Mediation memories.

So today, at the real estate contract-signing (and last-minute negotiation) in a law office in Tel Aviv, my memories of my Masters degree education were revived.

Two years after finishing my course in Conflict Management and Negotiation at Bar Ilan University, I found myself on one side of a glossy wood table, glass pitcher of water serving as the barrier between us and our lawyer, and my landlord’s team.

I was able to attend a real mediation case during my studies and I learned so much from those five hours. Being involved today in a much less dramatic, but still tactical, two-sided conversation with clear ‘interesim’ was interesting. A little tense. And definitely nostalgic for something I haven’t ended up pursuing.

But I can also say, following your own thought process during a negotiation can reveal a lot about you…

Conflict management.

It’s probably only appropriate that at the graduation ceremony for Bar Ilan University’s Conflict Management and Negotiation program, I witnessed my first Israeli-Arab walkout.

I studied in the program the same years as a secularish Arab girl from around Uhm Al Fahm. She’s probably around my age, with an assertive nature and a big, warn smile – the kind that involves her eyes. She participated in class, she joked with the rest of us.

It was nice to see her at the ceremony. We nodded hellos and I noticed her family was present to support her – her religious-looking parents, her secular sisters and her little nephews. With one of her nephews, hanging around where I stood in the back of the room, I played peekaboo. He’s probably a few months older than Koala and just as charming.

As it always goes at the end of an Israeli ceremony, the musicians got ready to play Hatikva, and everyone stood. The Uhm Al Fahm clan stood… and politely, inconspicuously, walked out. As my classmate walked past, I looked up at her and matched her sigh-resembling smile.

Who am I? What do I believe? A degree in conflict management taught me a lot, but living in Israel taught me, perhaps, too much. Even if I left this country tomorrow, I could never go back to who I was before I lived here. I don’t know if it’s living next to the green line. Or that it’s become normal to occasionally shop alongside Israeli-Arabs, stand on line with Israeli-Arabs. I don’t know if it’s being exposed to a class of people who look just like me, only… only…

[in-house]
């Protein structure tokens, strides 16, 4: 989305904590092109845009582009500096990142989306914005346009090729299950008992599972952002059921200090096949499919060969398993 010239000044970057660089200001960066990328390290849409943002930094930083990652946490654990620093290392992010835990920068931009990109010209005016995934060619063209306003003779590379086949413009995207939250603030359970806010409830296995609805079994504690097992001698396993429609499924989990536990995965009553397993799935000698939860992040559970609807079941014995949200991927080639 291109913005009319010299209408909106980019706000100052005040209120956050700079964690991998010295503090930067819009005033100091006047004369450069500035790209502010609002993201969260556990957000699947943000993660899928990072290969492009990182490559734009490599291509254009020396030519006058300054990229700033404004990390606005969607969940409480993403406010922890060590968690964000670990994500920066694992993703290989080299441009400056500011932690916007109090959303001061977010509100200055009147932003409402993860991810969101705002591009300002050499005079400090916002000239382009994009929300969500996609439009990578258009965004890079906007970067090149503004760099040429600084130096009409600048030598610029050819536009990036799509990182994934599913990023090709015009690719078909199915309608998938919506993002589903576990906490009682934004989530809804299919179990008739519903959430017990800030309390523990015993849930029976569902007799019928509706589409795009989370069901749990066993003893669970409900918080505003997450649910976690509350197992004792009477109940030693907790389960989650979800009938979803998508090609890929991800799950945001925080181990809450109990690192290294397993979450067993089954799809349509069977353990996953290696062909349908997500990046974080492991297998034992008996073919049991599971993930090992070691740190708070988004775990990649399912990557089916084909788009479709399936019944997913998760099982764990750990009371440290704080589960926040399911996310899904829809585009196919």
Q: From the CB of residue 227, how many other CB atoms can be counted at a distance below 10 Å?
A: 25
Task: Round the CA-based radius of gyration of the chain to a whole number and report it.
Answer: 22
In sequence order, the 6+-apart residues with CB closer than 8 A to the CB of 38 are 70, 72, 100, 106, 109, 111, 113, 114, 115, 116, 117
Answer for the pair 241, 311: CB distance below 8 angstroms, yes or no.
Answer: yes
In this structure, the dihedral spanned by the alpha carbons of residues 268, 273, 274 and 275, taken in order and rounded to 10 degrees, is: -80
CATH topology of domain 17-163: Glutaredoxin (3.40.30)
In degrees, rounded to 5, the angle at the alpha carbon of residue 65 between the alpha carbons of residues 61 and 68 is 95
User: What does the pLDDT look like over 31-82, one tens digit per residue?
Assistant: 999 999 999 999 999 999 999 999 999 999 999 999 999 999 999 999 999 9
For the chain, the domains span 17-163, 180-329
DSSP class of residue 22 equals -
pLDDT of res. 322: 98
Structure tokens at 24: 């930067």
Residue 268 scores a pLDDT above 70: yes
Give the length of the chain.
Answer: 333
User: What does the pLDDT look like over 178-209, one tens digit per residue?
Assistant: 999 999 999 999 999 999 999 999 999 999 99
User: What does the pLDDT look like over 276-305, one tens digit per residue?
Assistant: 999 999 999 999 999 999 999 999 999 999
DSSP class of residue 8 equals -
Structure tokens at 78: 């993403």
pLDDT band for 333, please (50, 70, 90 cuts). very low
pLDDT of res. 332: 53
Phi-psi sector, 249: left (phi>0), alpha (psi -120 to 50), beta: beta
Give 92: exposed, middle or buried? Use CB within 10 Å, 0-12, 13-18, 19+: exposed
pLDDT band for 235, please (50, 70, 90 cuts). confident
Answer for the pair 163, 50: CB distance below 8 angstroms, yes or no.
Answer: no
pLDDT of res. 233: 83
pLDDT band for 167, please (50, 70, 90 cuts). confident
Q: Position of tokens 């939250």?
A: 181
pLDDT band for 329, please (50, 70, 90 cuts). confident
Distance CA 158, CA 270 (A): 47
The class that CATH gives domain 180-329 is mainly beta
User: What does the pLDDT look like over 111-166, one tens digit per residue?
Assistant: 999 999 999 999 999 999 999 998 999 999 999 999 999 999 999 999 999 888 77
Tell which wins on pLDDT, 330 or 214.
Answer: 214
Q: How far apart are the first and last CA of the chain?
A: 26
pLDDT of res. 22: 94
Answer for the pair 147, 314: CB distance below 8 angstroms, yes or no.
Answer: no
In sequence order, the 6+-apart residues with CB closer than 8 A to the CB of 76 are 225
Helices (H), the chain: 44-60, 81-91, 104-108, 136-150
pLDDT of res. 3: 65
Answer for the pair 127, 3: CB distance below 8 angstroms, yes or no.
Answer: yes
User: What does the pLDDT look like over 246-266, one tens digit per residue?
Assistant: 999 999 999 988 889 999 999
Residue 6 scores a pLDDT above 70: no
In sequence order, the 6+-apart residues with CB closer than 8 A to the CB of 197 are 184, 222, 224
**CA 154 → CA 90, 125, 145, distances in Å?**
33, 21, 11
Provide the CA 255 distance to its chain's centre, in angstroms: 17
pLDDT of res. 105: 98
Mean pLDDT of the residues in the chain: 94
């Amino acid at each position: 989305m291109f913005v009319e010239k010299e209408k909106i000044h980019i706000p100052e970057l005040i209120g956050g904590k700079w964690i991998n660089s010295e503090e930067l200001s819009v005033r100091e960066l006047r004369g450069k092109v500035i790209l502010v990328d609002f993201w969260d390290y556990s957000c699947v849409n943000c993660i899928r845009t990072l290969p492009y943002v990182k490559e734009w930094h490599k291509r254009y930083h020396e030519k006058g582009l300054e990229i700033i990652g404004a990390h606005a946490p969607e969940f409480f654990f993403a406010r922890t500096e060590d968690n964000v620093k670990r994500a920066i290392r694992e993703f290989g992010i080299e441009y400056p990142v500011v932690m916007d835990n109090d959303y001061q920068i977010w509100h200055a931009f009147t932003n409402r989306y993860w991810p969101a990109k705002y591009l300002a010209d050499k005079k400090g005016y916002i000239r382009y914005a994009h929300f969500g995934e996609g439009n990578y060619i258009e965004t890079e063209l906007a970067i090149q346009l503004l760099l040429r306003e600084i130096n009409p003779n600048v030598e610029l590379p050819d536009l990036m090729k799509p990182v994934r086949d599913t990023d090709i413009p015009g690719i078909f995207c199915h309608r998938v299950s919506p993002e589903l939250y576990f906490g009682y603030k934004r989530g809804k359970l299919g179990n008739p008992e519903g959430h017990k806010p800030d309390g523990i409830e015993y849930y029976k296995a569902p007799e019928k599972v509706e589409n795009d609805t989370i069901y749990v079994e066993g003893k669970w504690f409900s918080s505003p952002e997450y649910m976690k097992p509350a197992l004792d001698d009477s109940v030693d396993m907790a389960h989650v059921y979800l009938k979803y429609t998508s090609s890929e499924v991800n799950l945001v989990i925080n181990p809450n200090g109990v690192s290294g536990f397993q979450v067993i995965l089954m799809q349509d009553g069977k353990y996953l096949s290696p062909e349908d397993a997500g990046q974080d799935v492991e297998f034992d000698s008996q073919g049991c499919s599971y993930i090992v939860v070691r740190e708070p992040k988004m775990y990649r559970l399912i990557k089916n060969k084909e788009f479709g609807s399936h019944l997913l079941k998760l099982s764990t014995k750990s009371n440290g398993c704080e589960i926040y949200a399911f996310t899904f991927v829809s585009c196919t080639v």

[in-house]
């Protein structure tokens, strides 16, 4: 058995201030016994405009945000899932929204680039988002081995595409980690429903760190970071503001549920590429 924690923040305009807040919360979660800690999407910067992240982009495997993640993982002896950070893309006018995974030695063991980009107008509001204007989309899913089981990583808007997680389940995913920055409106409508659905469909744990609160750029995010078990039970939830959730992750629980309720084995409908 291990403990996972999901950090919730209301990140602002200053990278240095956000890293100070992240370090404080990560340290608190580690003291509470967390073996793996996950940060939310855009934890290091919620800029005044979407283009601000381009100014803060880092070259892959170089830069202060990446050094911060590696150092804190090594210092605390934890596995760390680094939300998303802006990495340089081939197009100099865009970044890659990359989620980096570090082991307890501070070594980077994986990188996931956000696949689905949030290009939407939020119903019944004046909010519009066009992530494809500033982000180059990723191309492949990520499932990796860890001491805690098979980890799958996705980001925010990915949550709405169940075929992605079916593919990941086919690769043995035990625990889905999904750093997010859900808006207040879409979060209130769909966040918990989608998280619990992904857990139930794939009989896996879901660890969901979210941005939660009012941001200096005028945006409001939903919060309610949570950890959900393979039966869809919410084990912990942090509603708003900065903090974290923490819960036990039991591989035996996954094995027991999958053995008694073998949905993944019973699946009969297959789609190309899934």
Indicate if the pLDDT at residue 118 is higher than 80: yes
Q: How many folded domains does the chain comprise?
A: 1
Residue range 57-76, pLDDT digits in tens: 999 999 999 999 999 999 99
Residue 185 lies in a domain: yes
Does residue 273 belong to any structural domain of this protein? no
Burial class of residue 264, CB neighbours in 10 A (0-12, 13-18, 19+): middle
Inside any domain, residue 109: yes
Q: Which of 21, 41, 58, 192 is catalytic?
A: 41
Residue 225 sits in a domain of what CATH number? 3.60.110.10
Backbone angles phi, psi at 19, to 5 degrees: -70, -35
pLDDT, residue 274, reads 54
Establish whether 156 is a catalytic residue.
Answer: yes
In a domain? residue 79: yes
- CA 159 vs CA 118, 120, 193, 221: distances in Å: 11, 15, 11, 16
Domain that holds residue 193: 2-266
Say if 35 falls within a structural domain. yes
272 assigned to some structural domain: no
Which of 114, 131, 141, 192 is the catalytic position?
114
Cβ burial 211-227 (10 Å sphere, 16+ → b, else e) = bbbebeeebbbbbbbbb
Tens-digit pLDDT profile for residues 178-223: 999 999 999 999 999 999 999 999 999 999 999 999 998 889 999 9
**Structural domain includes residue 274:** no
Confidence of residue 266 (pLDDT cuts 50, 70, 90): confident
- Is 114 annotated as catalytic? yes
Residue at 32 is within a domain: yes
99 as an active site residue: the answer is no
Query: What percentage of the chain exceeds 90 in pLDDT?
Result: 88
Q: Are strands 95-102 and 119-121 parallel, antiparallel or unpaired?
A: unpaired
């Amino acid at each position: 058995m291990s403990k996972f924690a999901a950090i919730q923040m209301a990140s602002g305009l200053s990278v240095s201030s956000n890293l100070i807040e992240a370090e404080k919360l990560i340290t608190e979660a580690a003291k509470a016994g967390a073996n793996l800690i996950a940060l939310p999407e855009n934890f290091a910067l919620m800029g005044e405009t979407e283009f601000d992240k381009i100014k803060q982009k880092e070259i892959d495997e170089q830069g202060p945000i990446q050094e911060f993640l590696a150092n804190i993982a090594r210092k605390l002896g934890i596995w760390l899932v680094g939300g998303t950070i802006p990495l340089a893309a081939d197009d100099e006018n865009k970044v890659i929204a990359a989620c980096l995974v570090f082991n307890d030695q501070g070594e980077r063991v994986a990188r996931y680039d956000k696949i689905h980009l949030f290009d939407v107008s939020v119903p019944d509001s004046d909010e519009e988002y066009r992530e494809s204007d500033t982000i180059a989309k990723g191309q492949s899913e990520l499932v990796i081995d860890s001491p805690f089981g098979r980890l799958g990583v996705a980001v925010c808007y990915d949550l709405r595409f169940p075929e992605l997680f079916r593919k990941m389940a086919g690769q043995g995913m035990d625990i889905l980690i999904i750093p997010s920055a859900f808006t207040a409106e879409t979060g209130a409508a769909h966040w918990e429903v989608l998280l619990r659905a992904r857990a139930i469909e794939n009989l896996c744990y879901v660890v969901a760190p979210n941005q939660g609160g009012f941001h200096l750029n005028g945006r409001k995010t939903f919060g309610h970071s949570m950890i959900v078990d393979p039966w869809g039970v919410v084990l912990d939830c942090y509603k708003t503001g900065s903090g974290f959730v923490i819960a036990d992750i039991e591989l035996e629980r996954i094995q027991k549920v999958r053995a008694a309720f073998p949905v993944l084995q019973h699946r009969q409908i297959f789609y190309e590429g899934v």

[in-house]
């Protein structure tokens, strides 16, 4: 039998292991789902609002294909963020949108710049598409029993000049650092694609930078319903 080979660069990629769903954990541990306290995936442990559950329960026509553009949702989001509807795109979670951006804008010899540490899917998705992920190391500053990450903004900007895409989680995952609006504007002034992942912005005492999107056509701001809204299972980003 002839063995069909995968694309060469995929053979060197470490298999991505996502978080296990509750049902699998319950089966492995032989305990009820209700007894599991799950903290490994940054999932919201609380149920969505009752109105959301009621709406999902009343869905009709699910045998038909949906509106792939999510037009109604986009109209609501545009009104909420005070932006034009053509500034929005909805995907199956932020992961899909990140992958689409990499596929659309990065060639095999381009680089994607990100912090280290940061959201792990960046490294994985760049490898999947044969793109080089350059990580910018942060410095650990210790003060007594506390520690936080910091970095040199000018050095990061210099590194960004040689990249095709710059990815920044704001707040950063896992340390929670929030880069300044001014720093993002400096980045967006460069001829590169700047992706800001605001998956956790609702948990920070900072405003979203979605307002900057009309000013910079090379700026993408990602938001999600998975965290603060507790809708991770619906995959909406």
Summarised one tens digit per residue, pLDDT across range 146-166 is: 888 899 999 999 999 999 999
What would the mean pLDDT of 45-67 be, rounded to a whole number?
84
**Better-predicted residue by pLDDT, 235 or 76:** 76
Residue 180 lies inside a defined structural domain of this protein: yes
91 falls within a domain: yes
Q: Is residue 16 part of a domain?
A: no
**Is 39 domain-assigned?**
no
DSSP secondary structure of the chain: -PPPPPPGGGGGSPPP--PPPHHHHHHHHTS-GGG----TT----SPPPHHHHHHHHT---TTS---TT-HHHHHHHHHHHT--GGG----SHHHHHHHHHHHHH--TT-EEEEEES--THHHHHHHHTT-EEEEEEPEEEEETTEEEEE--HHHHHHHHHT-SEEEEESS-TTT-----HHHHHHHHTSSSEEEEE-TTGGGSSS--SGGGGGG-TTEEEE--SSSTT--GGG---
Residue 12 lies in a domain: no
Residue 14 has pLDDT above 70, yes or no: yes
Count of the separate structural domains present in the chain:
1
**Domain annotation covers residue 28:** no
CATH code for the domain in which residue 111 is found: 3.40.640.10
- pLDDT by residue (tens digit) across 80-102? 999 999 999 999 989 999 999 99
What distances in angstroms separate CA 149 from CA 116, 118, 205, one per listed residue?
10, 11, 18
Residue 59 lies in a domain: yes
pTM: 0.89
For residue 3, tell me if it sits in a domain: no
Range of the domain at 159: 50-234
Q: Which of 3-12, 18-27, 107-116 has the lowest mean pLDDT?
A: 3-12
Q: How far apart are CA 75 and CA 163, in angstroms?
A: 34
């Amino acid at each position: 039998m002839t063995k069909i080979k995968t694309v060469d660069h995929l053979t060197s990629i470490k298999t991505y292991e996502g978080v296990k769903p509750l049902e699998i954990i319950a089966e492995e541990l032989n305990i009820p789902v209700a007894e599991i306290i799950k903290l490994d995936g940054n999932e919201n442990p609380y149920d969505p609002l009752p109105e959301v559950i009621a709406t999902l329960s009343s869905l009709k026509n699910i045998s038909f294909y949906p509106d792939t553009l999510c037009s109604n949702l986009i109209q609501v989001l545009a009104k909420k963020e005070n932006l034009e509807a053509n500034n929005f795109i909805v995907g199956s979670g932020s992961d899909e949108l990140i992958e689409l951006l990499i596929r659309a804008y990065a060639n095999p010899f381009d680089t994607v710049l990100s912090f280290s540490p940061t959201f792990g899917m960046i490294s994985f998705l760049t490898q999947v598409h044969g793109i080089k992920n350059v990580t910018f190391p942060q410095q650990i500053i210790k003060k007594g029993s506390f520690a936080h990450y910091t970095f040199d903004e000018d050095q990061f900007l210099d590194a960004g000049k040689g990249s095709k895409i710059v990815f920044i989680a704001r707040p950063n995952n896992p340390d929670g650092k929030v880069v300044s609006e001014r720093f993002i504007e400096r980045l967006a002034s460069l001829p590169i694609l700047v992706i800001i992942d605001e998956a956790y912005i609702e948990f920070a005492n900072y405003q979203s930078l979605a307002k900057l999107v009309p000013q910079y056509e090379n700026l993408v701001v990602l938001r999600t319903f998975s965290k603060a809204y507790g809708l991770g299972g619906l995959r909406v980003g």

She chose to attend Bar Ilan, an openly religiously oriented and Zionist institution. She chose to do this degree, and she chose to participate in whatever she had to get to today. But she also chose not to go too far, not to stay for the national anthem. I suppose that’s conflict management after all: peace is a sleepy dream; conflict management is making choices.

Well, my term in Bar Ilan couldn’t have ended on a more appropriate note.

Graduation.

On the day of my ‘graduation ceremony’ from Bar Ilan’s Conflict Management and Negotiation program, I must note that five years ago,when I started, I wasn’t planning to still be at the job that was supposed to pay my way through university.

Yet here I am.

So, the degree was a bit of a disappointment. Maybe the program is better now, who knows. I’m still a bit scarred from one of the professors saying to us at the end of one semester: Don’t bother making mediation your career. It should be a side job, something nice you do aside from the job that feeds you.

Look, he’s not completely wrong, but saying it to students studying the field and not doing anything to better the situation isn’t completely right.

Anyway. I’m very lucky that the job that was meant to feed me through grad school became my career. In Israel, it doesn’t usually happen this way – you come with a profession and settle for less. I came with a bullshit humanities degree and experience in activism and journalism – and learned a lot. Both in mediation and in hi tech. I’m a different person than when I got here.

I was going to blow off the חלוקת תעודות  tonight but in the end decided I have nothing to lose. A good friend will join me; actually, a good friend I made waaay back when I first started the degree and the job.

I think she’s more happy that its completed than I am.

In appreciation of honesty.

I went for an interview today for an internship possibility for my conflict management course. Details about the interview and the internship itself aside… I walked away from the experience with a totally separate outlook.